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College of Information and Communications

Congress still shall make no law

For more than 200 years, the First Amendment has guaranteed freedom of religion, speech, press, assembly and petition. It is what allows people to question the government and speak up when something is wrong. It is vital to democracy for these reasons and is especially important now during a presidential election year, a period of social unrest and a pandemic. 

“That’s how society progresses — by people identifying an issue and speaking out about it,” Eric Robinson, an assistant professor in the SJMC, said. “That’s the only way to convey something should change, and there’s always been resistance no matter what it is.” 

The freedoms that were promised in 1791 came into question after the death of George Floyd last May. In some cities, news reporters were arrested, peaceful gatherings were broken up and crowds became violent. 

J-school alumnae Miranda Parnell experienced this violence firsthand while reporting for WIS News at a Black Lives Matter protest in downtown Columbia. Someone threw a brick and hit Parnell in the head, sending her to the ER with a concussion. That prompted discussions on how to balance the importance of covering these events with the safety of those covering them.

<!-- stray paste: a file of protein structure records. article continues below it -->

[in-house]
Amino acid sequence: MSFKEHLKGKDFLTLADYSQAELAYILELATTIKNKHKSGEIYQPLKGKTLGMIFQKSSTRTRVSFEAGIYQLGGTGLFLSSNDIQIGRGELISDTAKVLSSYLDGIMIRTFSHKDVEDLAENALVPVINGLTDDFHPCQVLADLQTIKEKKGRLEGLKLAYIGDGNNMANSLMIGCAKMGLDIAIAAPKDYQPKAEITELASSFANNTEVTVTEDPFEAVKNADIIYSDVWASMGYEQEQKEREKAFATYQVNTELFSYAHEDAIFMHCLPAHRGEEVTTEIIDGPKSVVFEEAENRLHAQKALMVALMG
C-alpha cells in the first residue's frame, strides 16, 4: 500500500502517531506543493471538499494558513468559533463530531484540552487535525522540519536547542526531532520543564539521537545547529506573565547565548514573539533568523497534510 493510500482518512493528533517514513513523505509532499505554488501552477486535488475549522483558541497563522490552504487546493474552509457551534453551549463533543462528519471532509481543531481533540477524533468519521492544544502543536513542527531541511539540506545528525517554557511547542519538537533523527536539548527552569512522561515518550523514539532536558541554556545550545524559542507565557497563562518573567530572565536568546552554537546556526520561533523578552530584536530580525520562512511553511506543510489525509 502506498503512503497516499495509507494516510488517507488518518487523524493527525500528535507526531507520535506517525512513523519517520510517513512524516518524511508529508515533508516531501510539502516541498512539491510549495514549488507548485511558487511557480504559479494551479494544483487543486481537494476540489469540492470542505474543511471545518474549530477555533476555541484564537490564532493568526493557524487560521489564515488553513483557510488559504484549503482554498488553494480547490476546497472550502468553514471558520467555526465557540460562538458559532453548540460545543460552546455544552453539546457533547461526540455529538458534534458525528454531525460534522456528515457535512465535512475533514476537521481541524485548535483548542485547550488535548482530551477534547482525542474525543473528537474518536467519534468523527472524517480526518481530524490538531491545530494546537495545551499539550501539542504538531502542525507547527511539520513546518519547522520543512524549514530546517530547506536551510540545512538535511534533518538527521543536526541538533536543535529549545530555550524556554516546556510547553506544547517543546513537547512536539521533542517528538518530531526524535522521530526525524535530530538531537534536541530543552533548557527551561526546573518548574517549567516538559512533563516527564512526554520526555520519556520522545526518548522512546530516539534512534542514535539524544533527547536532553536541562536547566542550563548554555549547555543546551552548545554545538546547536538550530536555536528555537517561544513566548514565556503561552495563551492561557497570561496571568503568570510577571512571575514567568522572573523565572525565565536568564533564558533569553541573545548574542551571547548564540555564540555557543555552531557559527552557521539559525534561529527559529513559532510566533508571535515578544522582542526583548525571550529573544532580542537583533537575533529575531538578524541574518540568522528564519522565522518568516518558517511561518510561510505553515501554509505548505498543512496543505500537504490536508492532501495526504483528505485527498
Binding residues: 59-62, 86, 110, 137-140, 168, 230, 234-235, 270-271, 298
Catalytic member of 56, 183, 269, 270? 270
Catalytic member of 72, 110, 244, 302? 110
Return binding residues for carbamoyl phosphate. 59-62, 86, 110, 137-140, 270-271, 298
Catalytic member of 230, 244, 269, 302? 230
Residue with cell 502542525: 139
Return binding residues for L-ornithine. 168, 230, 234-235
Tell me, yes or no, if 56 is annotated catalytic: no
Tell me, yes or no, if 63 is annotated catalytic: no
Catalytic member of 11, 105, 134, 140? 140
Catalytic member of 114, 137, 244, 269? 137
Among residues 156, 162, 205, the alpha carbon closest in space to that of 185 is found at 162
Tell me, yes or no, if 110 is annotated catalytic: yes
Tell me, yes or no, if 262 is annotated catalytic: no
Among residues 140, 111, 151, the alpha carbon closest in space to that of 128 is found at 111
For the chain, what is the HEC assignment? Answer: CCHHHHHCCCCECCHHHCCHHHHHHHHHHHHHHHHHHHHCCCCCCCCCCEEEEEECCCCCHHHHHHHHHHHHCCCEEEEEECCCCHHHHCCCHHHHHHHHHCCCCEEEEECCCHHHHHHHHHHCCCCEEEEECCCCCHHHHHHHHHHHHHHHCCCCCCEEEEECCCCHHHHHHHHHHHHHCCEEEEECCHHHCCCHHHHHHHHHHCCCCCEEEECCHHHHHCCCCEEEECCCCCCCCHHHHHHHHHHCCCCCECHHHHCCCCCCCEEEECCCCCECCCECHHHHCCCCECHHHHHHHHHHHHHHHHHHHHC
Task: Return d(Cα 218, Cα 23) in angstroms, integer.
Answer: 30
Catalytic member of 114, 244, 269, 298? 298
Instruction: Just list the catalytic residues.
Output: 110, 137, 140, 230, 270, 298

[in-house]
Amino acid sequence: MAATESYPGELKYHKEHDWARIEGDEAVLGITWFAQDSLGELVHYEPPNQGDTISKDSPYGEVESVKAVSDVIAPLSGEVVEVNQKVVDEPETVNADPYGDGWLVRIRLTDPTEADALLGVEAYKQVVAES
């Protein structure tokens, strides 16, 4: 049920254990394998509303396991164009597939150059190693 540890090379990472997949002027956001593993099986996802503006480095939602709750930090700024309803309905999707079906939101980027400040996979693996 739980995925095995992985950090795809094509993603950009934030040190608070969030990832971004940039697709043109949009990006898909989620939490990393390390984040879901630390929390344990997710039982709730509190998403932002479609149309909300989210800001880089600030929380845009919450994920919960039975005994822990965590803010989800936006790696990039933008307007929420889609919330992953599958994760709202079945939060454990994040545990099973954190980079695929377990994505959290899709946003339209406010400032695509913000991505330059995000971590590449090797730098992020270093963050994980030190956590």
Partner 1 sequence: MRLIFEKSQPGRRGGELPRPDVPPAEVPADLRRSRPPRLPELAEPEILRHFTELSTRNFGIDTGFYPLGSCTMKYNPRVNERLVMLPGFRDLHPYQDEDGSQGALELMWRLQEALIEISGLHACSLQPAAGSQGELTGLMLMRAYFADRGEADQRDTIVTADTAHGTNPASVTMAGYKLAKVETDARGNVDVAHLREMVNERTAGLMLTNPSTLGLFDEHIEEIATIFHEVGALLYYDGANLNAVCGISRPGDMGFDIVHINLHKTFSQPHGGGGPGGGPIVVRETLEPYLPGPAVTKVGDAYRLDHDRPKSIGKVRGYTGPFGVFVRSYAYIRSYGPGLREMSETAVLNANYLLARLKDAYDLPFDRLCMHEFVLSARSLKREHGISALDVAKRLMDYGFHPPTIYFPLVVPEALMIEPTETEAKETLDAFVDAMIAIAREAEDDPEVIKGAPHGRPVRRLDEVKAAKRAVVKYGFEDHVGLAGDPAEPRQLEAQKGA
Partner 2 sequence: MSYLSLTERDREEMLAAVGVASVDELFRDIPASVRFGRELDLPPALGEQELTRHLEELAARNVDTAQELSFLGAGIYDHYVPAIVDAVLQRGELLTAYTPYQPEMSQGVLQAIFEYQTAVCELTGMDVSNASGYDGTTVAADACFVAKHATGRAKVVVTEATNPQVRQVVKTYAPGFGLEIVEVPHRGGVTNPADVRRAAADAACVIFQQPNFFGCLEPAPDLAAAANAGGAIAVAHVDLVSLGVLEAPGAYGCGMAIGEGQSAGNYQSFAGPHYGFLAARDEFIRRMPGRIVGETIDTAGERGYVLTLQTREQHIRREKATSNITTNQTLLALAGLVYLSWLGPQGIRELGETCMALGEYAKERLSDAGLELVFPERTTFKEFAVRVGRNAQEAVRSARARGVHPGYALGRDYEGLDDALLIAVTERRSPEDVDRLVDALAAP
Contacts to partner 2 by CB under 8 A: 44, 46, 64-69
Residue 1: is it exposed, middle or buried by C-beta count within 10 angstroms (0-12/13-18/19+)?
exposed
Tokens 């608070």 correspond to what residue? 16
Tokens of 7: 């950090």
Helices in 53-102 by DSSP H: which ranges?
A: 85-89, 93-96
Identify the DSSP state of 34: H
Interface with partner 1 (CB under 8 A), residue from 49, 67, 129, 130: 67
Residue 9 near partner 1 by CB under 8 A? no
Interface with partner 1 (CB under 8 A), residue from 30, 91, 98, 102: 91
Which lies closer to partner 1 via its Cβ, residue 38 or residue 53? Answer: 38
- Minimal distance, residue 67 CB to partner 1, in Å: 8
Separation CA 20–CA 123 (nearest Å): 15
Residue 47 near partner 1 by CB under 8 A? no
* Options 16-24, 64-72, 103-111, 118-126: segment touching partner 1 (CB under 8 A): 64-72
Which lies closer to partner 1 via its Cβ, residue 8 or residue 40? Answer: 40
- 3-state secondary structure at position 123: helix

“If you want journalists to be truth seekers as they should be, then you have to give that space for us to do that and violence is not that space,” Parnell says. 

In August, protests caught media attention on the University of South Carolina’s campus. Jim Gilles, an evangelical pastor who travels to different universities, came to Greene Street with a “BLM are racist thugs” sign. Students held a counter protest, and freshman Trey Hogan made headlines for drowning Gilles out with his trombone. 

“For years, people have just gone by and ignored the people like that who pop up on campus,” Parnell says. “Shout out to this generation for saying, ‘You know we have time in between classes. We’ll sit out here and do a protest.’” 

While Gilles’ remarks prompted a statement from President Bob Caslen explaining that they were not reflective of the university’s values, Robinson says it’s important to remember that the First Amendment’s protections still apply. 

“A university, at least ideally, is supposed to be an exchange of ideas and thoughts and debate and discussion, and even some discussion or ideas that you might find abhorrent or you might find horrible still have to be a part of that mix,” Robinson says. 

In recent years, the use of terms such as ‘fake news’ has fueled distrust of the press. And when those attitudes take hold, Robinson says, people can lose sight of the important role journalists play in a healthy democracy. 

“One of the main reasons we have the media is to look over the shoulder of people in power and say, ‘What are you doing?’” he says. 

One of the biggest obstacles journalists face is people who spread false or misleading information. Parnell says media literacy education is key to combating the issue. 

“I don’t think that this should be a class that you just take if you want to be a journalist,” she said. “You have to teach people how to see the signs of something that’s not journalism."

Challenge the conventional. Create the exceptional. No Limits.